Science & Technology



Apple, Foxconn broke Chinese labor law to build latest iPhones

Mark Gurman, Bloomberg News on

Published in Science & Technology News

-- During peak production periods, resignations are not approved.

-- Some dispatch workers have not received promised bonuses.

-- Student workers do overtime during peak production season, even though regulations on student internships prohibit this.

-- Some workers put in at least 100 overtime hours each month, during busy production periods. Chinese labor law limits monthly overtime to 36 hours.

-- Workers must get approval to not do overtime. If requests are denied and staff still choose not to work overtime, they are admonished by managers and miss out on future overtime opportunities.

-- Workers sometimes have to stay at the factory for unpaid meetings at night.


-- The factory doesn't provide adequate protective equipment for staff.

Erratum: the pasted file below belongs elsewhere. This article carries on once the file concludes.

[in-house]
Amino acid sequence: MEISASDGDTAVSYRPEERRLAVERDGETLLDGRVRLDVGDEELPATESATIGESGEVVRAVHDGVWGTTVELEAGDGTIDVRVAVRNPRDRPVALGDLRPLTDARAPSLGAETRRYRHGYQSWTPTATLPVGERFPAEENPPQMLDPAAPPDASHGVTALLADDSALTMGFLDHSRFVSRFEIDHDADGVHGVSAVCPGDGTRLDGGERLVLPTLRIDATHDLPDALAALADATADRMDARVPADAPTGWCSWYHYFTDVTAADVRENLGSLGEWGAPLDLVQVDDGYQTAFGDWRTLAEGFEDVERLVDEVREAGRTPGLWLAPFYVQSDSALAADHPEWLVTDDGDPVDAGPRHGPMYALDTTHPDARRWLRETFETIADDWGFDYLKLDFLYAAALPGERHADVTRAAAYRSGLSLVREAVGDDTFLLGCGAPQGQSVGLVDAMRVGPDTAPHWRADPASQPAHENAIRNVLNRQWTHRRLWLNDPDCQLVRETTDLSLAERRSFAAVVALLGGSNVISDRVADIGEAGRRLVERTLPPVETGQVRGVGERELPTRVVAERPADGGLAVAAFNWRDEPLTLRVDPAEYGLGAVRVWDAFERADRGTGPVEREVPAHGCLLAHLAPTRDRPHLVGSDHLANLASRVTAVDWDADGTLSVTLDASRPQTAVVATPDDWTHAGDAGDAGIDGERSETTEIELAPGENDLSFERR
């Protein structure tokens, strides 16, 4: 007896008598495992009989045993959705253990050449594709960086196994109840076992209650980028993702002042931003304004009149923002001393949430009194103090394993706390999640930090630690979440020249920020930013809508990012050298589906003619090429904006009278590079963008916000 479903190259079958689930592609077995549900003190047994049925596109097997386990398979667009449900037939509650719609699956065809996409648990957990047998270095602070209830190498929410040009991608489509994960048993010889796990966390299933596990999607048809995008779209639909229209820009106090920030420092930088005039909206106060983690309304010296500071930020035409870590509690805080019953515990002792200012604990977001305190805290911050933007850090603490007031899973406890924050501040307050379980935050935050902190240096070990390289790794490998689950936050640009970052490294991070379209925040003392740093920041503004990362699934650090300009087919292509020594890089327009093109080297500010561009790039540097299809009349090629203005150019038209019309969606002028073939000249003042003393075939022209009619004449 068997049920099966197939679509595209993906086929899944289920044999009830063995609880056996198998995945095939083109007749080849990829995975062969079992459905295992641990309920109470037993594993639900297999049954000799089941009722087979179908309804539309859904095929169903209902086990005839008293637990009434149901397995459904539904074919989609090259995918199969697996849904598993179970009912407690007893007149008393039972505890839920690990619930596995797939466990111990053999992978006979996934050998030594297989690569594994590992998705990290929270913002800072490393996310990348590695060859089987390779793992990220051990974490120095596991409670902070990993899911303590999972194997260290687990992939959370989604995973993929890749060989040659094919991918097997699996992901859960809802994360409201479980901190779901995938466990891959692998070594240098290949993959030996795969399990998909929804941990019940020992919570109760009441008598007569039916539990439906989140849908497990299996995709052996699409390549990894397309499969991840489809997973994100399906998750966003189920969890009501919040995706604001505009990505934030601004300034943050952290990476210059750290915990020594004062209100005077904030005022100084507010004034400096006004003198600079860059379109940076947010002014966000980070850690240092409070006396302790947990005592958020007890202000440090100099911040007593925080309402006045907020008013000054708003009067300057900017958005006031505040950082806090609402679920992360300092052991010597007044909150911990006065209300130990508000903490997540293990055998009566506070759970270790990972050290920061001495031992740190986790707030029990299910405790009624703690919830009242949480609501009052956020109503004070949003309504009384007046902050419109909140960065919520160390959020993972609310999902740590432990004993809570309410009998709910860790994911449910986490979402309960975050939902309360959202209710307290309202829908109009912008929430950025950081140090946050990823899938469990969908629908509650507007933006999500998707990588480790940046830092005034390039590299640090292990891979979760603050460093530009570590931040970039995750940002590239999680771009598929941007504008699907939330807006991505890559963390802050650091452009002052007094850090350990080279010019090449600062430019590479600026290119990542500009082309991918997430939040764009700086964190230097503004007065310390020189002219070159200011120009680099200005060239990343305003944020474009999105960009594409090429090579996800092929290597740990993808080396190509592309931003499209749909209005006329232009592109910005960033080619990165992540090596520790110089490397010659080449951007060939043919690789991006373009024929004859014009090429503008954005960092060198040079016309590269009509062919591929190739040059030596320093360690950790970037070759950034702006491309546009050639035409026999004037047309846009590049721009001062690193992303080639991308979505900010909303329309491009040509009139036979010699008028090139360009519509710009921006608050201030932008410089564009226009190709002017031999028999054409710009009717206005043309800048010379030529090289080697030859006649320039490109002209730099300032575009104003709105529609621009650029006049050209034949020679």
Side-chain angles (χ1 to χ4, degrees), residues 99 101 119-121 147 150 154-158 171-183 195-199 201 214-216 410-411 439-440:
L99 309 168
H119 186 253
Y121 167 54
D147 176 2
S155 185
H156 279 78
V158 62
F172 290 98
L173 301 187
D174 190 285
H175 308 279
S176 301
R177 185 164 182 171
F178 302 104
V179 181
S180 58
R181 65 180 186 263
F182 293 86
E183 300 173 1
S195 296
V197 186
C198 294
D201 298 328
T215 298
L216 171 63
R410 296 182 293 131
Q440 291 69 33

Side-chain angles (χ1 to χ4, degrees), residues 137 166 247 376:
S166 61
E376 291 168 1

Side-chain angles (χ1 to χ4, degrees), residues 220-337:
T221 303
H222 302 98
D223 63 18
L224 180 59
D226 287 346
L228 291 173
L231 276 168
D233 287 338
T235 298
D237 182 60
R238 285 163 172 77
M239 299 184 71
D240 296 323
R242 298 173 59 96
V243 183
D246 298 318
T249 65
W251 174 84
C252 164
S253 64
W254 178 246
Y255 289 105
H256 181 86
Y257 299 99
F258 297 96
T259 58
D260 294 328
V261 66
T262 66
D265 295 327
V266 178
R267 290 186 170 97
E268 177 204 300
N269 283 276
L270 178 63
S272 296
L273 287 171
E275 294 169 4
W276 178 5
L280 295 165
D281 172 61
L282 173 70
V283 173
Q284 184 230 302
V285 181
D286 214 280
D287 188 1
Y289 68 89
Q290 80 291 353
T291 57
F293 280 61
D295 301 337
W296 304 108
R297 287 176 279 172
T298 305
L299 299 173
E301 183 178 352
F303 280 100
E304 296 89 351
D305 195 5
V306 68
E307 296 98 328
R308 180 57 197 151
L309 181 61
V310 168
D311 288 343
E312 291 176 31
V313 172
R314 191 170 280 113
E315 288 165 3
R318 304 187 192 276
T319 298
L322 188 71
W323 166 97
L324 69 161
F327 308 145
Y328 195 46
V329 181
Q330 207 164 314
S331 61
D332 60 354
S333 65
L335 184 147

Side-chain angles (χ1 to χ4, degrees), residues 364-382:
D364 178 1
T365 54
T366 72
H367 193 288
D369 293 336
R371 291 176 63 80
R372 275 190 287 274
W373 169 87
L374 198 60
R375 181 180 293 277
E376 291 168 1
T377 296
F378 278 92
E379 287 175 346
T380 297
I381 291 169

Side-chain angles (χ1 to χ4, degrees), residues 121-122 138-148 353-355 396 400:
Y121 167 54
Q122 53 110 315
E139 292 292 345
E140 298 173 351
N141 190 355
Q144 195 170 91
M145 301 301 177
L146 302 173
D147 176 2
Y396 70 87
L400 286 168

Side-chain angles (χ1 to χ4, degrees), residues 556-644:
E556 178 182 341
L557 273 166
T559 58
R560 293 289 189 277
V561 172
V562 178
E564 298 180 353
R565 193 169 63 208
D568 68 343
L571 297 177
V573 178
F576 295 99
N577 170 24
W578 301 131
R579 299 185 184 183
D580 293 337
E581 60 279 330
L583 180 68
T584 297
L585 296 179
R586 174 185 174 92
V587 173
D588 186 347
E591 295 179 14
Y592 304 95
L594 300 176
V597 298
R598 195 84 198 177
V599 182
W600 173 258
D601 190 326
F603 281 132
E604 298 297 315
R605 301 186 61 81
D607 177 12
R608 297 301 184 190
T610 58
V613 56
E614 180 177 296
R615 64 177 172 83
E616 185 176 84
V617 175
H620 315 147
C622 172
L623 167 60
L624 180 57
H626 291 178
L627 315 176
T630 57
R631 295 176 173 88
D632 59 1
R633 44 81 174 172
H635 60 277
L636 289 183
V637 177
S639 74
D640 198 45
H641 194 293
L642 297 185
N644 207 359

-- Work injuries are not reported by the factory, and verbal abuse is common there.

While overtime is allegedly often required, most workers want to work overtime to make more money, according to an anonymous diary written by a CLW investigator in the factory.

"We looked into the claims by China Labor Watch and most of the allegations are false," Apple said. "We have confirmed all workers are being compensated appropriately, including any overtime wages and bonuses, all overtime work was voluntary and there was no evidence of forced labor."


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